Beyond 5G May Help Avoid Buffering on Cell Phones
You are about to hop on a plane. You want to download a movie quickly. On the current 4GLTE technology, the download would take you a few minutes. But thanks to an invention that is smaller than a penny developed by researchers at University of California Irvine, that download could only take you a few seconds.
Tiny pieces of what looks like metal – could be the key to avoiding buffering on our cell phones.
“What we’re trying to achieve is a fiber optic level of wireless communication speed but also has the advantage of being wireless,” says UC Irvine graduate student Huang Wang.
Wang is one of the researchers who helped create “Beyond 5G.”
The transmitter and receiver the team created has been proven to transmit data faster than the transmission speeds available now.
So how fast is it? Here is a transportation analogy:
“Current 4G technology is more or less like moving at the speed of very fast bicycles. And the future coming 5G maybe at the speed of automotive cars,” says Wang.
And Beyond 5G? A high speed train! That is why researchers named their invention “Beyond 5G.” The wireless transceiver combines digital and analog components.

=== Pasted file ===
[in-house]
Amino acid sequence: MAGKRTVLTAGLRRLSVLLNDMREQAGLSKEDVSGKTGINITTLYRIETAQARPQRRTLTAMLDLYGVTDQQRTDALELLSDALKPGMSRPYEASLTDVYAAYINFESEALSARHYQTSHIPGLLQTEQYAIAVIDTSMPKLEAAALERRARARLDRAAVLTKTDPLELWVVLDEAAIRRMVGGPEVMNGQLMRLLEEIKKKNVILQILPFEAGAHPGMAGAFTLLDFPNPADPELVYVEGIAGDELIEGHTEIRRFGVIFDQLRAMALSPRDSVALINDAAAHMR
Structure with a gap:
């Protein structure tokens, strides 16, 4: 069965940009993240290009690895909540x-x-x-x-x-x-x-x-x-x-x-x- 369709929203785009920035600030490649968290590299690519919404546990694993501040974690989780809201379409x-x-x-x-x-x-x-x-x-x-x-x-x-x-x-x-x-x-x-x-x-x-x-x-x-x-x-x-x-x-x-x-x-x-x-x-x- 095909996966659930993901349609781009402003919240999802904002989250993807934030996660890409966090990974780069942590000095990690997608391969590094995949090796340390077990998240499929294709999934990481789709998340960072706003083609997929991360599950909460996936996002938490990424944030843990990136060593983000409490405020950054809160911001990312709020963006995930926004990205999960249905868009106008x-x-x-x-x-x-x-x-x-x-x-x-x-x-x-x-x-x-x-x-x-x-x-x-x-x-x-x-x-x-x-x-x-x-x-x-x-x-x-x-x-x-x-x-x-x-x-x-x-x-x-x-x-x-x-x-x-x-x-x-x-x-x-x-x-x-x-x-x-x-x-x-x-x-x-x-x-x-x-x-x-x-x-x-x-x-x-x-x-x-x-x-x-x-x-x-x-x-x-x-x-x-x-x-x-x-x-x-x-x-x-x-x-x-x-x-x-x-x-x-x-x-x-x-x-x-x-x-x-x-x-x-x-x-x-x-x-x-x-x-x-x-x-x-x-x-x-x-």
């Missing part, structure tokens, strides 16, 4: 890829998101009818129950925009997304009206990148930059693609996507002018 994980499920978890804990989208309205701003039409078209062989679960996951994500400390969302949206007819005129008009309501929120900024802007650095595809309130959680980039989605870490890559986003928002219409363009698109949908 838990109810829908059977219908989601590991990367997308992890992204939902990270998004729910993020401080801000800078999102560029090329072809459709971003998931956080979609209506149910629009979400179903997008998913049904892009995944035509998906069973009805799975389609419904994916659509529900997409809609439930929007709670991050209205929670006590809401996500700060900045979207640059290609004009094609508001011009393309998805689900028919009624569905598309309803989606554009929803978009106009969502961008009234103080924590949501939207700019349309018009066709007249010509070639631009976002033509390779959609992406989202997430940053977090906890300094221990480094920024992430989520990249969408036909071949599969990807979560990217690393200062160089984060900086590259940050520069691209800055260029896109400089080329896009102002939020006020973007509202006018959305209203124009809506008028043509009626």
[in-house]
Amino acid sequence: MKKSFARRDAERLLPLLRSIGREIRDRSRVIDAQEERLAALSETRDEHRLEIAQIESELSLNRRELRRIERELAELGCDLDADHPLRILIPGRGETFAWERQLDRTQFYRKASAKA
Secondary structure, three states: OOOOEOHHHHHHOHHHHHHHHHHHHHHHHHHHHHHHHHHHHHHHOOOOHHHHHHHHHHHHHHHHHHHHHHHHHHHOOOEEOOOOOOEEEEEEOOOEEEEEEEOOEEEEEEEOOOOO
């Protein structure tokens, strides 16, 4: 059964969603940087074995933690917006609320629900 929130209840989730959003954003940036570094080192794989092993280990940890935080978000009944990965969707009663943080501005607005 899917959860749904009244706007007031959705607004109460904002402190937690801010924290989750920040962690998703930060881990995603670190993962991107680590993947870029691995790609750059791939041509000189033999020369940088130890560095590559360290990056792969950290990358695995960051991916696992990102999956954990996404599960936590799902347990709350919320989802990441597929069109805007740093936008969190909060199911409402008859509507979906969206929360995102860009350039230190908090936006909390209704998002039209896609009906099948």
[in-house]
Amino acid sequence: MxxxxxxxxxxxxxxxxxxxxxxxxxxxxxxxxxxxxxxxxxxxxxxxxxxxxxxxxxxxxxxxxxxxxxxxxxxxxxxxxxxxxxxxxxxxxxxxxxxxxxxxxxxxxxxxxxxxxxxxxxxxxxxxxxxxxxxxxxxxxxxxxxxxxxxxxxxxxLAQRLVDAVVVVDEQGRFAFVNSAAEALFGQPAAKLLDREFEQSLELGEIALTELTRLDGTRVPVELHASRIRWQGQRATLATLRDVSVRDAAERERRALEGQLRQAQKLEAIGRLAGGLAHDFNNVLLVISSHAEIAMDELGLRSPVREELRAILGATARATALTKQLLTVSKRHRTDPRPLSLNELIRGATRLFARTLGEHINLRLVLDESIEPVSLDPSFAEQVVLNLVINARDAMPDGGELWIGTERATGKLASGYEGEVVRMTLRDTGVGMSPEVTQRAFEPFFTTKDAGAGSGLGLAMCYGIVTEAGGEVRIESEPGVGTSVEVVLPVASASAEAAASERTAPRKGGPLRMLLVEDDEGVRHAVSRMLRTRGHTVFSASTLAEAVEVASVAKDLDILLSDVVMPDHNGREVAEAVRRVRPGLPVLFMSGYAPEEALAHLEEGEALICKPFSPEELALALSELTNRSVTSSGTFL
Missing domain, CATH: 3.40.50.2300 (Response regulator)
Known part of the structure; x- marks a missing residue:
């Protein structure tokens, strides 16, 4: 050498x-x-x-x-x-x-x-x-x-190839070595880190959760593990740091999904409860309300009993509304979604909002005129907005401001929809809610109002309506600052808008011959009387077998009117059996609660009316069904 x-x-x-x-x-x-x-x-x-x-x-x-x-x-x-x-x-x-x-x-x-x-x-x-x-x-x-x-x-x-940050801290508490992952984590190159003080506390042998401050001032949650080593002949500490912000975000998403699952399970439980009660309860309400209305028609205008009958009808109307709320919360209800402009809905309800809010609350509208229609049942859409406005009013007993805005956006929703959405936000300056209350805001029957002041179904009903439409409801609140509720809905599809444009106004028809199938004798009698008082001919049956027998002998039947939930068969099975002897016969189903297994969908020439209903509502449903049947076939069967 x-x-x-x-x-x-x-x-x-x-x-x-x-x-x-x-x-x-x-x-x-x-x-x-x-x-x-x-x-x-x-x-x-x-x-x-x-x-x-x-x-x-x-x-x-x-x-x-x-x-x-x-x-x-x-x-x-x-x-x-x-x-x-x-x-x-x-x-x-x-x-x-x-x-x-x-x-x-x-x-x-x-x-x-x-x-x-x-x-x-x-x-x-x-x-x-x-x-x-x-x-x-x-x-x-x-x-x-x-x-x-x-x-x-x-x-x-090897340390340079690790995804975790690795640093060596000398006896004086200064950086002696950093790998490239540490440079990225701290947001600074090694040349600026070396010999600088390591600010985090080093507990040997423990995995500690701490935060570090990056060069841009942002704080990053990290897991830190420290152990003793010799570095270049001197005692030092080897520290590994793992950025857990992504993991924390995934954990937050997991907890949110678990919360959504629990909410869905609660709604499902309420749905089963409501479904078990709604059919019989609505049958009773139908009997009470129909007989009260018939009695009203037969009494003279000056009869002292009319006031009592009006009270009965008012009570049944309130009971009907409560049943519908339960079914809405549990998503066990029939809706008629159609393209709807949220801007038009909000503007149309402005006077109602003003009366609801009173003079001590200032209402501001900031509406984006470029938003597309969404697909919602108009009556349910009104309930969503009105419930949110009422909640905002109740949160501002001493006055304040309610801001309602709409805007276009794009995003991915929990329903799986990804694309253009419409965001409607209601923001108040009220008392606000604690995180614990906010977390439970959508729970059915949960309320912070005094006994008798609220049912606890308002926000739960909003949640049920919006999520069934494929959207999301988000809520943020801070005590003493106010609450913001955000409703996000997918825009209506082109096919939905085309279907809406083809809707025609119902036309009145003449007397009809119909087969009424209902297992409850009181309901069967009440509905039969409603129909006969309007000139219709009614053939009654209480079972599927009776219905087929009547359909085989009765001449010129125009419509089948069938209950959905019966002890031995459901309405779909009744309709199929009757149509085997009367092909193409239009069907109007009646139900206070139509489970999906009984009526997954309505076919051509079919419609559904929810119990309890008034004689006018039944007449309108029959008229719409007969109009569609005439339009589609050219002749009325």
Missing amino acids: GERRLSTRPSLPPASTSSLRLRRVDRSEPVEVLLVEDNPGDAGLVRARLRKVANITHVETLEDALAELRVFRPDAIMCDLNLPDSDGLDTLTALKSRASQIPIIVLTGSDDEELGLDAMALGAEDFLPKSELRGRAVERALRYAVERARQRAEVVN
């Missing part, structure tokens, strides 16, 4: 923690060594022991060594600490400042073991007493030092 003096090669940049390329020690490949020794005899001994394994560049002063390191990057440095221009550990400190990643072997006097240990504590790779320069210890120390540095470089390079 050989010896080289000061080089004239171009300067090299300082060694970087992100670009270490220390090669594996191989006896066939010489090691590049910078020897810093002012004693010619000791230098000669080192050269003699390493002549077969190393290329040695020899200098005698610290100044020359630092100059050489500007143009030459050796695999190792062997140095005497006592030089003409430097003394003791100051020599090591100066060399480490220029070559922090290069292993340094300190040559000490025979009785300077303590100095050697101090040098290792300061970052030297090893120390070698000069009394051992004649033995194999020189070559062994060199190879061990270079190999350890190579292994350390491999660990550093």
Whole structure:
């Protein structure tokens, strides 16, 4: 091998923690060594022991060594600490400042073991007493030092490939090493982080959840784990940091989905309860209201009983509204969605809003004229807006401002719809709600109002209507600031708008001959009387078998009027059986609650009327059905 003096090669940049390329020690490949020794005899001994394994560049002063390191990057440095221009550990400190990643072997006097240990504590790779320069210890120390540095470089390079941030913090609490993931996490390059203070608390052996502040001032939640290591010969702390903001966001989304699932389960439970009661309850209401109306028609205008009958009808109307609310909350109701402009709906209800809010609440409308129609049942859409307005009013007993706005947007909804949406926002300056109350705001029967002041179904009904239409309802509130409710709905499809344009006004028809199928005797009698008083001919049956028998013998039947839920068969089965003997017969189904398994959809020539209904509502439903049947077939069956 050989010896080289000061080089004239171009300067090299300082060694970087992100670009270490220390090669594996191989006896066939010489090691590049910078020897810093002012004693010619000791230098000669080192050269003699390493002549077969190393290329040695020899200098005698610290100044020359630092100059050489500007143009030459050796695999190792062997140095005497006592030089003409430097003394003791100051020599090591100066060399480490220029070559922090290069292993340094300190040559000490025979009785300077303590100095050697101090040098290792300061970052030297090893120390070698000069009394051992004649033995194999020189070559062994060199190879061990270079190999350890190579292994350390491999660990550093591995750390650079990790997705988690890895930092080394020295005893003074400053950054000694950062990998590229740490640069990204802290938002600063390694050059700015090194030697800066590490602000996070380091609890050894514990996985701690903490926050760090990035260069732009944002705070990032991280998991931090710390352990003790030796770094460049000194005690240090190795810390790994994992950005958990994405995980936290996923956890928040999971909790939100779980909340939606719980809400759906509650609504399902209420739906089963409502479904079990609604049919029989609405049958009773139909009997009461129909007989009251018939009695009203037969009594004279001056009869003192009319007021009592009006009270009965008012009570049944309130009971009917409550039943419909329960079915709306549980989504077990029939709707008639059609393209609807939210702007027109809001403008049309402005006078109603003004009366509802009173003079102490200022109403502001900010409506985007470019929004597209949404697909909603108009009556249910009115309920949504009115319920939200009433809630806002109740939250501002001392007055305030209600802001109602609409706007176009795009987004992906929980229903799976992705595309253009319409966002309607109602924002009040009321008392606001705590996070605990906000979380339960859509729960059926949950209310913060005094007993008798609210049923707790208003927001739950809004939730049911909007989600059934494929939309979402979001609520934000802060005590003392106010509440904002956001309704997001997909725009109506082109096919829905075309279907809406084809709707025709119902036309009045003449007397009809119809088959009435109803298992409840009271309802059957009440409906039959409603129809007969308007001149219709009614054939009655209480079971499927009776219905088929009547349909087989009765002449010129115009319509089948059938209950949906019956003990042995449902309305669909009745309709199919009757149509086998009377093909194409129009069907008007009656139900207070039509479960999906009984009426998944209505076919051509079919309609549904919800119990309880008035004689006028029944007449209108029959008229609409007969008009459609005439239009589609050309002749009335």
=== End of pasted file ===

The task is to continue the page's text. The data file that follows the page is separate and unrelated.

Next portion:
It could be a big benefit for anyone who watches videos on their cell phone, including Electrical Engineering Professor Payan Heydari who was part of the team that made the invention. He says if he wanted to watch the World Cup final in real time on his cell phone, on currently technology, “It is simply impossible to watch it without buffering.”
Professor Heydari says “Beyond 5G” could get rid of buffering. Their invention also uses less energy and would require less space. For example, data centers require a bunch of wires. Beyond 5G gets rid for the need of all of these wires as their system is wireless.
The team continues to test their invention – to see how fast this system can go.
“It’s hard to define super-fast,” says Wang.
The team plans to start a business with their new technology, but Heydari says the business is in its very early stages.